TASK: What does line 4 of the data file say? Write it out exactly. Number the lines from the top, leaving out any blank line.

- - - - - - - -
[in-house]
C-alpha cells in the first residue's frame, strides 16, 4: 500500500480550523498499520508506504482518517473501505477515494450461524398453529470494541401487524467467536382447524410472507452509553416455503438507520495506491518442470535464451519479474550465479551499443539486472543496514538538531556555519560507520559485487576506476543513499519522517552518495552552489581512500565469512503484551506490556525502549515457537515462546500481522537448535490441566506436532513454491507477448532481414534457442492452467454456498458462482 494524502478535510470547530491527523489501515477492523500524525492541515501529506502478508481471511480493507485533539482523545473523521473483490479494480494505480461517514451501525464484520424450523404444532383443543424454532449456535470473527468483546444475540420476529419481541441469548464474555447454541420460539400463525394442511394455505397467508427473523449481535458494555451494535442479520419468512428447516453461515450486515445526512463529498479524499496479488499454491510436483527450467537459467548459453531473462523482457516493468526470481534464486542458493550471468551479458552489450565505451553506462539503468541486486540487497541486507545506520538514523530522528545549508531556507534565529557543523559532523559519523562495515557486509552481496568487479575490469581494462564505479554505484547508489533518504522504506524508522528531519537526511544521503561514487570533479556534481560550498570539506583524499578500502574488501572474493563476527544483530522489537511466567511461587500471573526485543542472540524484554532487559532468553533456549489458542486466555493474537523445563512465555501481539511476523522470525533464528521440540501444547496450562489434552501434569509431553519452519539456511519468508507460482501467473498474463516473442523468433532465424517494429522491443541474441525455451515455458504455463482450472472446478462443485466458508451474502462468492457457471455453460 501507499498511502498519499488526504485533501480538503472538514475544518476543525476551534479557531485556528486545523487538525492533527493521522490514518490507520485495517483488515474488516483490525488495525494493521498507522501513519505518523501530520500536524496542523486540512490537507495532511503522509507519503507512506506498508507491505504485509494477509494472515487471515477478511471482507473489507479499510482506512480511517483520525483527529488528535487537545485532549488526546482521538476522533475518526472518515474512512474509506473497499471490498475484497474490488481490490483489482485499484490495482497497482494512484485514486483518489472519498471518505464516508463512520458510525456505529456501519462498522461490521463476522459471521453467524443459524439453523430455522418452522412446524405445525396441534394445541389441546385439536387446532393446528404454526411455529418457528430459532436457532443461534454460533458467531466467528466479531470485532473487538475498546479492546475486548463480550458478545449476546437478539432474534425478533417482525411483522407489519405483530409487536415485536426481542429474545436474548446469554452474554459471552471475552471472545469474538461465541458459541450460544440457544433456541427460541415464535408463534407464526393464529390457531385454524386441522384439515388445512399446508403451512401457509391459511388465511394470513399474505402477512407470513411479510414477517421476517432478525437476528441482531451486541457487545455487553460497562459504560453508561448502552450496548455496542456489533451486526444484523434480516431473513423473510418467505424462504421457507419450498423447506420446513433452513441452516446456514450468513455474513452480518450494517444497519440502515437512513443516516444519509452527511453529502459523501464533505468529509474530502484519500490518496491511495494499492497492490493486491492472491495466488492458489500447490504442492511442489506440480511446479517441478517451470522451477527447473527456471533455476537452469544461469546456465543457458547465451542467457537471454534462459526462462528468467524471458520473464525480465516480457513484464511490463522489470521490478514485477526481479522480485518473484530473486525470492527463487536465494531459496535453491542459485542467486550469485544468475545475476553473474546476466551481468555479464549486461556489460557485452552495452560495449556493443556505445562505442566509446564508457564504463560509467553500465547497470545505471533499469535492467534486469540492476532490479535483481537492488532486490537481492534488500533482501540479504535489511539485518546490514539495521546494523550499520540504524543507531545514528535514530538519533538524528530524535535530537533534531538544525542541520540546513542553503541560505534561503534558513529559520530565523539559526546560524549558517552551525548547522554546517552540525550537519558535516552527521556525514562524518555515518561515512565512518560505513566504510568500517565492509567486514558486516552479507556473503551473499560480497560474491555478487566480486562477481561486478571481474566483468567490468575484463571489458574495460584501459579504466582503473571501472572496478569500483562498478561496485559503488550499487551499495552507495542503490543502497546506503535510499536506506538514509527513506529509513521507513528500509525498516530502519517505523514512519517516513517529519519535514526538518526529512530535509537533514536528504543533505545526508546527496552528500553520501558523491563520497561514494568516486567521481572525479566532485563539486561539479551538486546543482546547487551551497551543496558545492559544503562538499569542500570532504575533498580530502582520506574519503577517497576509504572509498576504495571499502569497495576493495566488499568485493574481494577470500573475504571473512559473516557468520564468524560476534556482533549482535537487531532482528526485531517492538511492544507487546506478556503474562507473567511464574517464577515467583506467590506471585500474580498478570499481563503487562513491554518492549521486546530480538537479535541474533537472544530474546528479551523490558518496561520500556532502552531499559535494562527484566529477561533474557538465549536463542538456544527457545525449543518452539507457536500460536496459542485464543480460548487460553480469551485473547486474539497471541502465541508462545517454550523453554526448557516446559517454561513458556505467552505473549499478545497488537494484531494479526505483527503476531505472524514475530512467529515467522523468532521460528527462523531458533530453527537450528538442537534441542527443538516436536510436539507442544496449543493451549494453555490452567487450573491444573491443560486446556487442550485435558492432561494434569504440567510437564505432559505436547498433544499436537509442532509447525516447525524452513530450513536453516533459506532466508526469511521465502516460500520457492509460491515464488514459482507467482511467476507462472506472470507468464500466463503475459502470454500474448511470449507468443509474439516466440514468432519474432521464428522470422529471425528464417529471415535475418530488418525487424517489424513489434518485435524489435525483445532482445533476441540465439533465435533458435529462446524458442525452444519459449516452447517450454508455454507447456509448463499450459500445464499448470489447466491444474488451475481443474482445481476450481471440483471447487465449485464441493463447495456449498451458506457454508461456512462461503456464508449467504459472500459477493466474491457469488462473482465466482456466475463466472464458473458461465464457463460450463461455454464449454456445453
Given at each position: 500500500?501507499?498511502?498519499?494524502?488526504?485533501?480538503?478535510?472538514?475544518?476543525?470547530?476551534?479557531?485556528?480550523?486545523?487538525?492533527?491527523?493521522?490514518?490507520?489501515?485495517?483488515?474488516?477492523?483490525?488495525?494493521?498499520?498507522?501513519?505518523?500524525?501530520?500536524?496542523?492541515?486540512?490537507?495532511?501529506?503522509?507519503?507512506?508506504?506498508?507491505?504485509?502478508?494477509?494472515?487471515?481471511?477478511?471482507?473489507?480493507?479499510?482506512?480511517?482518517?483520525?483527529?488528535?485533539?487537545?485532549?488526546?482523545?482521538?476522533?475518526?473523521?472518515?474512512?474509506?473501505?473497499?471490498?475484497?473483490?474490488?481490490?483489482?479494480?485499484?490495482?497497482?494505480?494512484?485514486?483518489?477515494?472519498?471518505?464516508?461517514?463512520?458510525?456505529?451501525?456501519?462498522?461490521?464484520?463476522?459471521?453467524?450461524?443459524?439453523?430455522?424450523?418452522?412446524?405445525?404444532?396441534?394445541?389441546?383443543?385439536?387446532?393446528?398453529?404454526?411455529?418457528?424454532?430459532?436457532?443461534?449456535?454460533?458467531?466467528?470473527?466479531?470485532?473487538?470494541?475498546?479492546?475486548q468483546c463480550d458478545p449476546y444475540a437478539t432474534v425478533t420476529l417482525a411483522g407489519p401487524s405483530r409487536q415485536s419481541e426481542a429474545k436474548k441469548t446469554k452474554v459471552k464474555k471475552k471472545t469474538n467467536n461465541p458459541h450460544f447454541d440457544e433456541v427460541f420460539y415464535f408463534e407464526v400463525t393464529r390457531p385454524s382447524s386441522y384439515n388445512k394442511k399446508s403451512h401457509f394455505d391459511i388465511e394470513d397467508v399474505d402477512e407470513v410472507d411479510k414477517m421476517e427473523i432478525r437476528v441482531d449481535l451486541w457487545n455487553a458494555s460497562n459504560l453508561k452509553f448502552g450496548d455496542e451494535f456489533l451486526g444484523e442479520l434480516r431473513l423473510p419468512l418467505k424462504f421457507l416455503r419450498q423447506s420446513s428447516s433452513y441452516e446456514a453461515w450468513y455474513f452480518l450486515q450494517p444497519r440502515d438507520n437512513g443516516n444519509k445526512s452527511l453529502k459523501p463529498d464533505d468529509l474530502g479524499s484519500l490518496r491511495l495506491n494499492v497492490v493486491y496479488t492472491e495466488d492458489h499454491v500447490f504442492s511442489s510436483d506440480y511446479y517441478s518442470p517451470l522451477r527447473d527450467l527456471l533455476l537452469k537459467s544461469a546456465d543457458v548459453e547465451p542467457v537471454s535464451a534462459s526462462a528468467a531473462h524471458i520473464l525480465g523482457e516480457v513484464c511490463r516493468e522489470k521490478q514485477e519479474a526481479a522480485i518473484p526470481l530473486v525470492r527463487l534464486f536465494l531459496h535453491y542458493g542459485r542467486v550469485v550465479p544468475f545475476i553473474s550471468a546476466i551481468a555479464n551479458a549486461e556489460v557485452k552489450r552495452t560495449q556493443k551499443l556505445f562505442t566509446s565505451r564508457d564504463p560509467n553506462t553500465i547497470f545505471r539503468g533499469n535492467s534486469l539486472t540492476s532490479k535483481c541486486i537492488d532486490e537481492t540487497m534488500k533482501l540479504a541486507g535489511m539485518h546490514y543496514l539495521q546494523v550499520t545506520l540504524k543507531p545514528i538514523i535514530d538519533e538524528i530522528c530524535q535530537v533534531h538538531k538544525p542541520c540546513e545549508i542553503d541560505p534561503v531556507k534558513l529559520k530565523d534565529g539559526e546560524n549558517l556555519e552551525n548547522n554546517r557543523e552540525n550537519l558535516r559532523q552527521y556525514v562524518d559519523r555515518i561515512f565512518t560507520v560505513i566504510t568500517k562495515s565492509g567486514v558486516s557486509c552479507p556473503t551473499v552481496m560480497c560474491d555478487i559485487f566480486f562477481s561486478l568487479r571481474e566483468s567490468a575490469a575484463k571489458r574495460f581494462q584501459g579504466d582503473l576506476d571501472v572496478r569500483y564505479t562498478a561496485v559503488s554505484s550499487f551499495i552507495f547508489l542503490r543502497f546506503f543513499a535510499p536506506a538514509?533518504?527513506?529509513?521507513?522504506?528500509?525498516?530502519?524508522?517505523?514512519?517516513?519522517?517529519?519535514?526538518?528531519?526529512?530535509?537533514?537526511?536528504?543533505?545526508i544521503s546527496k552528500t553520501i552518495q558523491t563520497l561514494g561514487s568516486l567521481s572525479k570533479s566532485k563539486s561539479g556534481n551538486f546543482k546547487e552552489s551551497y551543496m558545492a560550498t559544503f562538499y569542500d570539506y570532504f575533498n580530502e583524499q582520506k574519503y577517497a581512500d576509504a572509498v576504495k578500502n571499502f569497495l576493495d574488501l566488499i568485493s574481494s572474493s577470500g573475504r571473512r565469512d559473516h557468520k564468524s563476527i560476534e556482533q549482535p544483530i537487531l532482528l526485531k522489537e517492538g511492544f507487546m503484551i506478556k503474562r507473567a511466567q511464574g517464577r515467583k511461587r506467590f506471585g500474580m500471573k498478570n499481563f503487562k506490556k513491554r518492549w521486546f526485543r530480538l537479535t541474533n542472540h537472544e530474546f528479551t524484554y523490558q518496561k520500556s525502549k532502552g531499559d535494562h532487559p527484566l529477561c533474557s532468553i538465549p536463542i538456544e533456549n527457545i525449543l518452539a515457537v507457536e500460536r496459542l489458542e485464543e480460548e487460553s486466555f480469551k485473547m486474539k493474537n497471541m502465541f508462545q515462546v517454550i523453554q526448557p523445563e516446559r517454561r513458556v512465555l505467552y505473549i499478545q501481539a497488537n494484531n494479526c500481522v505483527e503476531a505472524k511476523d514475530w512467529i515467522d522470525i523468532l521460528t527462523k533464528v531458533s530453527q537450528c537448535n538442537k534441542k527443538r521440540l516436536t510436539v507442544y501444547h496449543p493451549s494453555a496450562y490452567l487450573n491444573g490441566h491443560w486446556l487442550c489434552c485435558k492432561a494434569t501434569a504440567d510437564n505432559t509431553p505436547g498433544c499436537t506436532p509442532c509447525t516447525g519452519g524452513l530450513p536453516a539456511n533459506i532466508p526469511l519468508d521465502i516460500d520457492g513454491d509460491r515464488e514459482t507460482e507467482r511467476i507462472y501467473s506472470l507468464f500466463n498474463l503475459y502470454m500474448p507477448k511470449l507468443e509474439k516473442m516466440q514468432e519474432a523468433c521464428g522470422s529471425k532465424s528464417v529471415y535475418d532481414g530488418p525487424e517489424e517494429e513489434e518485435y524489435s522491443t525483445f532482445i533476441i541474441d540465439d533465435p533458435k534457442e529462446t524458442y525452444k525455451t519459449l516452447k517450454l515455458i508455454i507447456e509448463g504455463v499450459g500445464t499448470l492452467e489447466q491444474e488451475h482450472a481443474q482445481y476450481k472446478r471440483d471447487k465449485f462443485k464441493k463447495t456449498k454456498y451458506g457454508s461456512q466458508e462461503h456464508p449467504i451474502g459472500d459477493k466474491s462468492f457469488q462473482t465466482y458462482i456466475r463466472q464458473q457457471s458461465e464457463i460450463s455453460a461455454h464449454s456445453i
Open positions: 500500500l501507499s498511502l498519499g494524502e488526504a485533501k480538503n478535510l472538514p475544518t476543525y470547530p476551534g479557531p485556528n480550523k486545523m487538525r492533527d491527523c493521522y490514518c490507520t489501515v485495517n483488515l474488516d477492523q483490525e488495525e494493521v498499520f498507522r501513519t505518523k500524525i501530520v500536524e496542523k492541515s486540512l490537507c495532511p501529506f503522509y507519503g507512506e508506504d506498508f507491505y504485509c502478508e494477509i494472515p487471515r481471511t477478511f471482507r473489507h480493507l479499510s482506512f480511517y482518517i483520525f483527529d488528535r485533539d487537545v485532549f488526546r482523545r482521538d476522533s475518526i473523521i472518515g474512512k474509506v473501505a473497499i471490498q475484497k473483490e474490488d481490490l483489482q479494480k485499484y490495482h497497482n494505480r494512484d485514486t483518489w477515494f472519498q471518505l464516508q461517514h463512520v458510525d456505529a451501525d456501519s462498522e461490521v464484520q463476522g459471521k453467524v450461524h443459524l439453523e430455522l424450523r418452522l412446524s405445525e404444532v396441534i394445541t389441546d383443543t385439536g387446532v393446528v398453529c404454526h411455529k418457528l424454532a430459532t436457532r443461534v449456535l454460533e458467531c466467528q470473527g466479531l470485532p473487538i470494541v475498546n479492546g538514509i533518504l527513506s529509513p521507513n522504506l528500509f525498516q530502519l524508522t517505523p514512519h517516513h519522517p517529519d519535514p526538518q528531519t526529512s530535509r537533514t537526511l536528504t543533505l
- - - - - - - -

Open positions: 500500500l501507499s498511502l498519499g494524502e488526504a485533501k480538503n478535510l472538514p475544518t476543525y470547530p476551534g479557531p485556528n480550523k486545523m487538525r492533527d491527523c493521522y490514518c490507520t489501515v485495517n483488515l474488516d477492523q483490525e488495525e494493521v498499520f498507522r501513519t505518523k500524525i501530520v500536524e496542523k492541515s486540512l490537507c495532511p501529506f503522509y507519503g507512506e508506504d506498508f507491505y504485509c502478508e494477509i494472515p487471515r481471511t477478511f471482507r473489507h480493507l479499510s482506512f480511517y482518517i483520525f483527529d488528535r485533539d487537545v485532549f488526546r482523545r482521538d476522533s475518526i473523521i472518515g474512512k474509506v473501505a473497499i471490498q475484497k473483490e474490488d481490490l483489482q479494480k485499484y490495482h497497482n494505480r494512484d485514486t483518489w477515494f472519498q471518505l464516508q461517514h463512520v458510525d456505529a451501525d456501519s462498522e461490521v464484520q463476522g459471521k453467524v450461524h443459524l439453523e430455522l424450523r418452522l412446524s405445525e404444532v396441534i394445541t389441546d383443543t385439536g387446532v393446528v398453529c404454526h411455529k418457528l424454532a430459532t436457532r443461534v449456535l454460533e458467531c466467528q470473527g466479531l470485532p473487538i470494541v475498546n479492546g538514509i533518504l527513506s529509513p521507513n522504506l528500509f525498516q530502519l524508522t517505523p514512519h517516513h519522517p517529519d519535514p526538518q528531519t526529512s530535509r537533514t537526511l536528504t543533505l